First lady Jill Biden has arrived in Connecticut, where she is visiting an elementary school with Education Secretary Miguel Cardona.

Biden and Cardona, both former educators, are visiting Benjamin Franklin Elementary School in Meriden, Connecticut, and they will later travel to Fort LeBoeuf Middle School in Waterford, Pennsylvania.

darlene superville

.⁦@FLOTUS⁩ and Education Secretary Miguel Cardona greeting students in a classroom during visit to Benjamin Franklin Elementary School in Meriden, Conn.

March 3, 2021

The trip comes two days after the Senate confirmed Cardona, in a vote of 64 to 33. Cardona has said that safely reopening schools will be his top priority as education secretary.

Previewing the trip yesterday, White House press secretary Jen Psaki said, “They will highlight the key CDC mitigation strategies that the schools have implemented successfully in these locations; listen to the challenges they are facing due to the pandemic, including the academic, social, and emotional needs of students; highlight the additional resources in the American Rescue Plan needed for schools to open — remain open; and address the needs of students, and thank educators for their work in supporting students and their families.”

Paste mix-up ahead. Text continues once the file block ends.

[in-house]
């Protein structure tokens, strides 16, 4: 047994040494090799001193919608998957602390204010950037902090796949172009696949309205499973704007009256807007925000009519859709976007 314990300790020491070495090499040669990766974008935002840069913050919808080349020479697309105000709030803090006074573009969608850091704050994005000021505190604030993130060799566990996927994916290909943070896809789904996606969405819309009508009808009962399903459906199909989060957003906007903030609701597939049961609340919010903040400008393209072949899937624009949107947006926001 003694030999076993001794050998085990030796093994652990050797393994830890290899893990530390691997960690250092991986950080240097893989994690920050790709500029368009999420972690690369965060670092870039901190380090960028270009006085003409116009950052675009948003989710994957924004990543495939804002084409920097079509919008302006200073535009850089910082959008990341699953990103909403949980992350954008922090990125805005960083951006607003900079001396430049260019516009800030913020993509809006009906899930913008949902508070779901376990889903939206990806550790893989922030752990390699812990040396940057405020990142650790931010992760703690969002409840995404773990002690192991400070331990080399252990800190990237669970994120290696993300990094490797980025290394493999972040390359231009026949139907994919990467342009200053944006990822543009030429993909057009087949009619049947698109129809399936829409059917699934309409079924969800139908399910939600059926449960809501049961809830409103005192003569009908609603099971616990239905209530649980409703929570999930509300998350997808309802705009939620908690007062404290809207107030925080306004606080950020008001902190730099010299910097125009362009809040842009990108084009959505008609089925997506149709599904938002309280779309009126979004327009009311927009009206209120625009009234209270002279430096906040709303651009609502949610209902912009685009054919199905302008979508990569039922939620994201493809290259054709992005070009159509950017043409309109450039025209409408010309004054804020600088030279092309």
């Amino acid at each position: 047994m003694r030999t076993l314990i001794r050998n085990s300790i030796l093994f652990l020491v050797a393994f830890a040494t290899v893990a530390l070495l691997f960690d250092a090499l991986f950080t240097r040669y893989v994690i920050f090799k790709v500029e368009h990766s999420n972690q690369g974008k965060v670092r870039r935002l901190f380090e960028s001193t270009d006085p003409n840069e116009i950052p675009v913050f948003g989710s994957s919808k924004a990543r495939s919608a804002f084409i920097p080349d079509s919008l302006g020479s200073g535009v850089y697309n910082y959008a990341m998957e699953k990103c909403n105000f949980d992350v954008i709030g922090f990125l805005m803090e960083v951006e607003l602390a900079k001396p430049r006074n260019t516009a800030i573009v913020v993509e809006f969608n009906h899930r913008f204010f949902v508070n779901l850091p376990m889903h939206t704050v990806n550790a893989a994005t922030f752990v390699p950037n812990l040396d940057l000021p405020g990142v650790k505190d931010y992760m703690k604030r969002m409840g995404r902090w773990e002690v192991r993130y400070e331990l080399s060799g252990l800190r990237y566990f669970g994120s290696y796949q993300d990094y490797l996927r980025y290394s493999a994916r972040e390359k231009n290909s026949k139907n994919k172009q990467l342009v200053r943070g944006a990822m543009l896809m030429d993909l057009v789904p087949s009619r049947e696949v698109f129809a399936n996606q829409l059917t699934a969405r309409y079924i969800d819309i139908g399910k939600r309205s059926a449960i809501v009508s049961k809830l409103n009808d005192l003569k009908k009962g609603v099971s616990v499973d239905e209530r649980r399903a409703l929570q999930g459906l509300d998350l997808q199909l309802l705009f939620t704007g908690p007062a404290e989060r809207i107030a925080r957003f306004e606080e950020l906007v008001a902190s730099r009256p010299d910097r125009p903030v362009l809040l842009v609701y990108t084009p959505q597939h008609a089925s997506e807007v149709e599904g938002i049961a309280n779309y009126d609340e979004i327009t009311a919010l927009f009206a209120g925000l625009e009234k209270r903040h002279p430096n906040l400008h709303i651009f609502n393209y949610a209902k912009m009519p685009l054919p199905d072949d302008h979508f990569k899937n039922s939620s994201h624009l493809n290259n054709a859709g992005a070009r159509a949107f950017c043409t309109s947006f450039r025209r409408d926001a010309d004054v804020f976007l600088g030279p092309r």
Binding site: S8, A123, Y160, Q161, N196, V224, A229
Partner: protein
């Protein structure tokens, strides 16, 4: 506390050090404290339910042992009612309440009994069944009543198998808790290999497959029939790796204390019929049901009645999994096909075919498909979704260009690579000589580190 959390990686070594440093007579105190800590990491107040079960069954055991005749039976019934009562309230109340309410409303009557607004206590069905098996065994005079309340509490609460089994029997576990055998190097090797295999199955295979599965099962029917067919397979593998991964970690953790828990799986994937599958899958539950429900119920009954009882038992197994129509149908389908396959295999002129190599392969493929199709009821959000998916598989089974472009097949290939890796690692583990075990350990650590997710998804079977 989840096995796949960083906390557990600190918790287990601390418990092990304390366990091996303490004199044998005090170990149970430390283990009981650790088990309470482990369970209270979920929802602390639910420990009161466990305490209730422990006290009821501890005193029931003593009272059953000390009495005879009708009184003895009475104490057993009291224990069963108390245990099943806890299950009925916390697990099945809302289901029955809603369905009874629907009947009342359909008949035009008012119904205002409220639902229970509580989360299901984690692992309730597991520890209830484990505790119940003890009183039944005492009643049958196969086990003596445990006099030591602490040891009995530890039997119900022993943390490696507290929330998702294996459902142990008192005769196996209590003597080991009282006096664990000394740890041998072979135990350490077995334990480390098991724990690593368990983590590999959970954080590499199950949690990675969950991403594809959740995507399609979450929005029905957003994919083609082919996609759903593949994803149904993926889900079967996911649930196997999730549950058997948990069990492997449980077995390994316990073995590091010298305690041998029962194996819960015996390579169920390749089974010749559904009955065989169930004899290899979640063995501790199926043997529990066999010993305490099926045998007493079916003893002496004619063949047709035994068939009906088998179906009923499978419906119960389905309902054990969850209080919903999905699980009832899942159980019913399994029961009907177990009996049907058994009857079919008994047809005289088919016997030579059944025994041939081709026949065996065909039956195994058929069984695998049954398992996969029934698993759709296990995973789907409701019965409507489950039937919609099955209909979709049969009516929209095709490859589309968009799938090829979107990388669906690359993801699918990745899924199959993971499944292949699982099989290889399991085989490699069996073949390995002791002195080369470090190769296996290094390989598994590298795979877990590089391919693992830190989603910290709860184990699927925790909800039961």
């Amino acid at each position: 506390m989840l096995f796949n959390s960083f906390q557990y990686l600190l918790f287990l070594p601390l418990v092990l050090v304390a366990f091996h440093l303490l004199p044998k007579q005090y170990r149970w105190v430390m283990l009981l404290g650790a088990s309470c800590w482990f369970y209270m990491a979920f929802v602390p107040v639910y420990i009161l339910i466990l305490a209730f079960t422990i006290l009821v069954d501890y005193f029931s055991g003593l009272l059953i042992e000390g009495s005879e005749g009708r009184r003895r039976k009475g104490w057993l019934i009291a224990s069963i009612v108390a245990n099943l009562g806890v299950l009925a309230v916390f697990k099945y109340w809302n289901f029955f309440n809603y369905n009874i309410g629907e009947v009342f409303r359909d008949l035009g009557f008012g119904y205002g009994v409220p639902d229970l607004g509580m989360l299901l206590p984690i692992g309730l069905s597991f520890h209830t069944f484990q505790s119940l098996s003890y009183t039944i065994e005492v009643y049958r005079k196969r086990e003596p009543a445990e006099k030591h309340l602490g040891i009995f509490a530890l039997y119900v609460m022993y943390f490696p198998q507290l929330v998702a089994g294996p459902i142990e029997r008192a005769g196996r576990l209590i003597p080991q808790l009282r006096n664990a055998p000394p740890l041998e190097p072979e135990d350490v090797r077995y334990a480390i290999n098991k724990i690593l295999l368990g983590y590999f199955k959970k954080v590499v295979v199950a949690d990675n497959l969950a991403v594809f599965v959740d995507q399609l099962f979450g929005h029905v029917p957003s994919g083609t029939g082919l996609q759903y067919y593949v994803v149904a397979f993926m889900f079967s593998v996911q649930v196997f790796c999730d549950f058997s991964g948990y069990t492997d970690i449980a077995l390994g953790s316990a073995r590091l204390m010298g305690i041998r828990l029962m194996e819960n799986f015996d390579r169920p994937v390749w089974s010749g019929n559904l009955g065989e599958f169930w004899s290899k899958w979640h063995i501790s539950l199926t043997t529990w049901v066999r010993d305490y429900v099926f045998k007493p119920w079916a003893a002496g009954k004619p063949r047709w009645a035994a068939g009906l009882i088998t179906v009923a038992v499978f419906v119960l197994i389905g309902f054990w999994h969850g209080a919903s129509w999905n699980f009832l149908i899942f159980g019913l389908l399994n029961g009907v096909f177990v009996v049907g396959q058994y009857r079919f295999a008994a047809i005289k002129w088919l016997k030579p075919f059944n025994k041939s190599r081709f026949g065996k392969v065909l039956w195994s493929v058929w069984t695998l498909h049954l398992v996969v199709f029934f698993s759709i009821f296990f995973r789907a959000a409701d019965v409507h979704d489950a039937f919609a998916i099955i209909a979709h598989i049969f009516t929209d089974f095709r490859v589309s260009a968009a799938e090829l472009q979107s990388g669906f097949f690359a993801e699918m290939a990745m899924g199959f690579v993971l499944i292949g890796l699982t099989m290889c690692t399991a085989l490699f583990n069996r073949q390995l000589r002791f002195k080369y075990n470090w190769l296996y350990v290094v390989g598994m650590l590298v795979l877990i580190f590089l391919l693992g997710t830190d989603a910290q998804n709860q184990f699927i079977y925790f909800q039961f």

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Police say officer who shot and killed unarmed Daunte Wright intended to fire Taser


Police in a Minneapolis suburb said an officer accidentally shot and killed a 20-year-old Black man on Sunday afternoon during a traffic stop, releasing graphic body-camera footage they say shows the officer intended to use a Taser not a handgun during the death of unarmed Daunte Wright.